Angel shop’s booze bid prompts debate over antisocial behaviour

Duncan Street. Photograph: Google.

An attempt by a convenience store in Angel to secure permission to sell alcohol is being opposed by a ward councillor, with local residents up in arms over antisocial behaviour in the area.

A previous bid by Angel Food & News for a booze licence was denied, but its representatives say this time it will introduce measures including staff training and CCTV.

The shop argues that all licence applications should be viewed against the background of the economic catastrophe caused by Covid.

But the application has caused residents to lift the lid on the problems they are experiencing in their community. 

One said: “In the past few years, we have had ongoing issues with our communal stairwell and entryway areas being occupied by drug dealers, drunks, heroin addicts and homeless people. 

“They have used these areas in order to imbibe their various addictions, to make noise at all hours, cause a nuisance and threaten the residents that live here, sleep in the areas, litter, graffiti, vomit, aspirate blood, urinate and excrete faeces outside people’s front doors.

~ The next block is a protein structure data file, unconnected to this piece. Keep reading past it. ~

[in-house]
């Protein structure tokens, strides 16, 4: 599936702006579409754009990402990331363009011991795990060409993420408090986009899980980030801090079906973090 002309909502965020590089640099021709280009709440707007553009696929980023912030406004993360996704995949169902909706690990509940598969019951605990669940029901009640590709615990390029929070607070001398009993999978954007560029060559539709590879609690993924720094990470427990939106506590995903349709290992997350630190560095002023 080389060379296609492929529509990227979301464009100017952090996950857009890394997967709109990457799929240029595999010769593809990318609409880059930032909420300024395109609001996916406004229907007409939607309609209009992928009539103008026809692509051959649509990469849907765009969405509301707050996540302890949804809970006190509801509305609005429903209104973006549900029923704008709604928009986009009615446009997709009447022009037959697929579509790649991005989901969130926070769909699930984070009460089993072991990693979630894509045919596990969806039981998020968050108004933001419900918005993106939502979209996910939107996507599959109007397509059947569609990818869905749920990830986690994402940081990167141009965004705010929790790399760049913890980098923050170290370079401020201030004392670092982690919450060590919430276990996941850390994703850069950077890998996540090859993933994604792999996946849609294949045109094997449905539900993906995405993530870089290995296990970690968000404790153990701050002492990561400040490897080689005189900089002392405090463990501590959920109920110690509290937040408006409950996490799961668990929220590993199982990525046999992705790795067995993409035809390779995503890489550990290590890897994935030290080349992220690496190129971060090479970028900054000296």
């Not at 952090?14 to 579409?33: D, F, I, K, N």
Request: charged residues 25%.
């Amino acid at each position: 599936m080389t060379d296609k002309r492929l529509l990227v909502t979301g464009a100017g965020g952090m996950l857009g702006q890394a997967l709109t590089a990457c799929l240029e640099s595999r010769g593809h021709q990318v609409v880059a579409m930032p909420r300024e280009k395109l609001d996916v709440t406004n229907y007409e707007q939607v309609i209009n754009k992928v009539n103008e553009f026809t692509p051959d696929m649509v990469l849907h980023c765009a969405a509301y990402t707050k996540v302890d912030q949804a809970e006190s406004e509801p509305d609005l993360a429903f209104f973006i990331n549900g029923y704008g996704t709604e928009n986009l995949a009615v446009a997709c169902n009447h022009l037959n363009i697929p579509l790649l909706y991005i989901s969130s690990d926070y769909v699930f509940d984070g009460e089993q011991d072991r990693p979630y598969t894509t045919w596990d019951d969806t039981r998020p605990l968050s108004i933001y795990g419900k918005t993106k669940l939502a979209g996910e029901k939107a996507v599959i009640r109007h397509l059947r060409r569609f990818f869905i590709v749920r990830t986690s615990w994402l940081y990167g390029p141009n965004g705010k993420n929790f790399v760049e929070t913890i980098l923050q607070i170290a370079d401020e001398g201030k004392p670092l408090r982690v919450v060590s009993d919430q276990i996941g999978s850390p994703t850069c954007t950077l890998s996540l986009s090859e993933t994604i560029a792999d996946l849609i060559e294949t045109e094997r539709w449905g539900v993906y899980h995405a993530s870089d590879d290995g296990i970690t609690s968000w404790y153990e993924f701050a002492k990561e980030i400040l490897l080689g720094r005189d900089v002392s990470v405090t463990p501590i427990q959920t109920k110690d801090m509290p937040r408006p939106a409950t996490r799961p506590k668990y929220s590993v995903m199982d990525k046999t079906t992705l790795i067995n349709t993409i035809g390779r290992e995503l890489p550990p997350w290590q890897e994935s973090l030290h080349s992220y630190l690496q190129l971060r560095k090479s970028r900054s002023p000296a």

“We have been in constant contact through this period with the council and the police to remove these people, and we have many official records to back up that claim, but yet they still return.”

Objectors revealed that the council have had to reinforce the doors of properties close to Angel Food to prevent people forcing their way inside.

Residents also fear patrons of nearby pub, Duncan Street’s The York, will be able to access alcohol from the store late at night.

Their formal objection was backed by St Peters ward councillor Martin Klute, who said he did not feel that “any circumstances have changed to justify a different decision from the 2019 hearing”. 

The Town Hall’s own licensing authority also laid out a number of “issues of concern”, including the large number of venues already selling alcohol in the area.

Angel Food & News’ application reads: “We are aware that this type of premises falls within the special policy in relation to cumulative impact in respect of shops, giving the rebuttable presumption that such applications will be refused.

“ I would ask that this application be assessed under the current climate brought about by Covid, and not to take a general opinion of ‘no more off sales’. 

“There are currently many premises that are closing down due to the impact of Covid, and this will continue into the foreseeable future.

“A business that is prepared to invest in the area, boost the economy, and create jobs should be looked at in isolation the policy, which was written, and adopted long before anyone could have foreseen the economic climate we are facing in the near to medium term future.”

The application is set to be decided next week.